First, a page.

Shot bear was taken unfair advantage of. By Whitehorse Star on May 29, 2013
Re: “Shooting of bear hurt a lot of people” (Star, May 24).
The legal destruction of yet another bear is a deadly indication of “wildlife management” gone wrong!
Is the Department of Environment truly serious about addressing human/wildlife conflicts with respect to bears?
If so, why are they issuing permits to kill/destroy (they call it “harvest”) bears soon after and prior to hibernation? Is this ethical?
How is killing when you don’t need to kill, respecting wildlife?
Regardless of one’s opinion/position on hunting (killing) , these bears have been habituated to humans who showed no threat to them.
The person who killed this animal took full advantage of this situation and destroyed his life.
Bears and other wildlife need and deserve protection from humans. And humans need to lose the right to kill them if the department truly backs its words with respect to protecting wildlife. Being hypocritical is killing wildlife.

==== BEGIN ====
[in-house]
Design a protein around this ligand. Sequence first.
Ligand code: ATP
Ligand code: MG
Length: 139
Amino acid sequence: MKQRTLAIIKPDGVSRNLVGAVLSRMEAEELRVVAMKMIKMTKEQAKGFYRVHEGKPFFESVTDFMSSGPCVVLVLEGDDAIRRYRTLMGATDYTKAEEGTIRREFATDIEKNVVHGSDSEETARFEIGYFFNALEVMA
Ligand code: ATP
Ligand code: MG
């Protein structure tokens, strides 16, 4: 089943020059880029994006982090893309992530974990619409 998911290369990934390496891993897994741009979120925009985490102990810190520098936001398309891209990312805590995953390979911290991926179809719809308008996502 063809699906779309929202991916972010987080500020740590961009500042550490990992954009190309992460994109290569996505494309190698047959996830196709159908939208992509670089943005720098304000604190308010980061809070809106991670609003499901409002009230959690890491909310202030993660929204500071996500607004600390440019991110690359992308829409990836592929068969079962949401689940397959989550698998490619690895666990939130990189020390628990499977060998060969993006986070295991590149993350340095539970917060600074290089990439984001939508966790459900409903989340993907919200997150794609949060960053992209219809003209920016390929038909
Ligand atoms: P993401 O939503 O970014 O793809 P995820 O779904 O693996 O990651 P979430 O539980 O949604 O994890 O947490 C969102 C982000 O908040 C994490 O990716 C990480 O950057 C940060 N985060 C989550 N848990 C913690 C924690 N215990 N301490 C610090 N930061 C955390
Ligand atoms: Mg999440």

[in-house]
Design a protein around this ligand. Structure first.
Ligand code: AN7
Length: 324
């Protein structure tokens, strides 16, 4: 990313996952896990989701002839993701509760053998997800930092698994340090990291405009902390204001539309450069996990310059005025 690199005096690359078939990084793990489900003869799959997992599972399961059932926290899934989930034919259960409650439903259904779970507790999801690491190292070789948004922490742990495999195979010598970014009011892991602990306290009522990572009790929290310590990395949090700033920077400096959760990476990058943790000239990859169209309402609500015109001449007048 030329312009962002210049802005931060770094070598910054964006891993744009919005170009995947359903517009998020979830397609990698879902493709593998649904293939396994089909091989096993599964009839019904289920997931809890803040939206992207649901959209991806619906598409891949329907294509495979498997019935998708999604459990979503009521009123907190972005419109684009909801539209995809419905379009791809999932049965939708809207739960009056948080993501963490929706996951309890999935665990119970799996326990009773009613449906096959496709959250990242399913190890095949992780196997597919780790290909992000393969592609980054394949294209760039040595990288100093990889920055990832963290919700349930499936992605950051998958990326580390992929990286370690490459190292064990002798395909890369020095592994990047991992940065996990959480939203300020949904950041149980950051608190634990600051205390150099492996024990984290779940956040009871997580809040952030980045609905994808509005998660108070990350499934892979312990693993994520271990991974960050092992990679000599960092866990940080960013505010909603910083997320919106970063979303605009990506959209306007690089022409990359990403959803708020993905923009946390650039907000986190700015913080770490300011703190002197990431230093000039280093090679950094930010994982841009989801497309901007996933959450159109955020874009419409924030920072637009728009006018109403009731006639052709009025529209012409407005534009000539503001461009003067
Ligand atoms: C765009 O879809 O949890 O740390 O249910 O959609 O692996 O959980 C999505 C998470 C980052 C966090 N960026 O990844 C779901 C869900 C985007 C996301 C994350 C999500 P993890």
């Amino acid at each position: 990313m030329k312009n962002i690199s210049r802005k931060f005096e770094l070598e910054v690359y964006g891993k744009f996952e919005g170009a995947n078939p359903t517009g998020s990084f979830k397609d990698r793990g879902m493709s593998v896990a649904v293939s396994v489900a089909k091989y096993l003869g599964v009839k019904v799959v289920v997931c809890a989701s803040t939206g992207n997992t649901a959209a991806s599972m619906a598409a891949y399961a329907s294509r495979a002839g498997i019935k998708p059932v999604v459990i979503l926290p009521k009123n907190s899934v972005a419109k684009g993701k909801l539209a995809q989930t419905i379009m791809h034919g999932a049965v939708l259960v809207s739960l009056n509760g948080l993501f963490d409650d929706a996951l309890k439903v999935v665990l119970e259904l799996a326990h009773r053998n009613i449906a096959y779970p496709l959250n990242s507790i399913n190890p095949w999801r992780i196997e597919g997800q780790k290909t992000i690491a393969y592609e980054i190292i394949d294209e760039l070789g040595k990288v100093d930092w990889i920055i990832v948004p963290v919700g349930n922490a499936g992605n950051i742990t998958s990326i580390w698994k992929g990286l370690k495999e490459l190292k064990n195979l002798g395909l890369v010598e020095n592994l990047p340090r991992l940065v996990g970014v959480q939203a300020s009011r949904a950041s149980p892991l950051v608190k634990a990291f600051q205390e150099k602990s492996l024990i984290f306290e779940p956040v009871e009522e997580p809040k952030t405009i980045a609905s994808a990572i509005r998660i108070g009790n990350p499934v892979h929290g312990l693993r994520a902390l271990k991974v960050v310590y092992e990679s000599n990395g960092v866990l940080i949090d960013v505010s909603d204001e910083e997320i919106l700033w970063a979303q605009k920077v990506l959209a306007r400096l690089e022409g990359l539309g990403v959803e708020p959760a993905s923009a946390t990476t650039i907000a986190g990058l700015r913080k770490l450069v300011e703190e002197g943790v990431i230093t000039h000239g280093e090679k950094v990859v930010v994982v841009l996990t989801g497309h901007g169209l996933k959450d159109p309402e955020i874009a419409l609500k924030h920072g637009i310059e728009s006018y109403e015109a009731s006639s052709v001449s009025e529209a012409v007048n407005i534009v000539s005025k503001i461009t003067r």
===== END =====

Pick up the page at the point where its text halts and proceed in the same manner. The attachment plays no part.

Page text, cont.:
Guns don’t kill wildlife; people kill wildlife, with guns!
Let video tape tell the true story By Whitehorse Star on May 31, 2013
Re: “MLAs protest Alaska-set show’s Yukon namesake” (Star, April 26).
This is an open letter to independent MLA Darius Elias and Environment Minister Currie Dixon.
Trapping animals is cruel and inhumane by nature – no matter if it’s done in Alaska, Yukon or some other planet.
Other than the fact that traps are not selective – as they can and do pose the same cruel and sad fate to “non-target” animals.
How exactly do trappers in Yukon end the life of victims of the trapping industry after potentially being restrained for days by strangulation snares or leghold traps? If their lives are not ended by gunshot, then how? Are they not clubbed to death?
Do trappers step/stomp on the victim’s neck or head? How, then? Inquiring minds want to know.
Or, are you deliberately trying to mislead the public that trapping wild animals in Yukon is not cruel and inhumane by nature?
Perhaps you could have real Yukon trappers permit full video footage on their traplines – and the public can decide for themselves exactly what the trapping industry is built on.